The Brady Bunch: ”It’s not what you did, honey — it’s that you couldn’t come to us.”
The Bradys ”Next time, ask.”
Married…With Children: By the authorities
Thirtysomething: It blows up in his face.
The Flintstones: They’re not.

What Family Does For Fun
The Brady Bunch: Takes special three-part vacations to Hawaii and the Grand Canyon
The Bradys: Has flashbacks
Married…With Children: Exchanges insults
Thirtysomething: Talks
The Flintstones: Attends showings of The Monster at the Bedrock Drive-In

Unsolved Mysteries
The Brady Bunch: How exactly did Carol’s first husband and Mike’s first wife die?
The Bradys: What’s with Marcia’s new face and Bobby’s blonde hair
Married…With Children: What kind of hair spray does Peg use?
Thirtysomething: Why did Nancy take Elliot back? What do Gary and Susanna see in each other?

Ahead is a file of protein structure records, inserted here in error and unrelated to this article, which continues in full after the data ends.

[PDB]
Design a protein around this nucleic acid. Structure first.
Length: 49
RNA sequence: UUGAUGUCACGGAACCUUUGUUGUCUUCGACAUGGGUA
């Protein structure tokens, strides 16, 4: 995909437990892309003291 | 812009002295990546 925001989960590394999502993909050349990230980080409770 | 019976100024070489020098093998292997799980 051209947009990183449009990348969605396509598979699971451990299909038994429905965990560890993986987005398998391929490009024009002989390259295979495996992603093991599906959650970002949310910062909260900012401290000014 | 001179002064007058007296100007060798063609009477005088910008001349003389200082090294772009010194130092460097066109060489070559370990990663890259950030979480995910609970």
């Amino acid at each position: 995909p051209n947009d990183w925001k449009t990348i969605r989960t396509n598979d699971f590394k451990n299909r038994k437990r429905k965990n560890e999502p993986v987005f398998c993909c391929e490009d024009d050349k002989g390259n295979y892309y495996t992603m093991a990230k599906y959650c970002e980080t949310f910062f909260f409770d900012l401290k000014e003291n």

The Flintstones: How does Barney’s shirt stay on if he has no shoulders? Where do Fred and Wilma plug in their TV?

Worst Behavior
The Brady Bunch: The Brady children once made Alice feel under-appreciated.

The Bradys: Marcia’s son Mickey watches Bobby’s car-crash tape for fun.
Married…With Children: The Bundy’s kill their neighbor’s dog.
Thirtysomething: Elliot has an affair and talks about it.
The Flintstones: Characters don’t wear under-clothes.

Best Reason To Watch
The Brady Bunch: This is what life should be.
The Bradys: They’re all grown-ups now!
Married…With Children: Terry Rakolta hates it.
Thirtysomething (Tie) This is your life. This isn’t your life.
The Flintstones: This is what life might have been.

Best Reason Not To Watch
The Brady Bunch: Blurred vision from rerun overdoses.
The Bradys: You’re all grown-ups now.
Married…With Children: She has a point.
Thirtysomething: After a while, you think it’s real.
The Flintstones: The Simpsons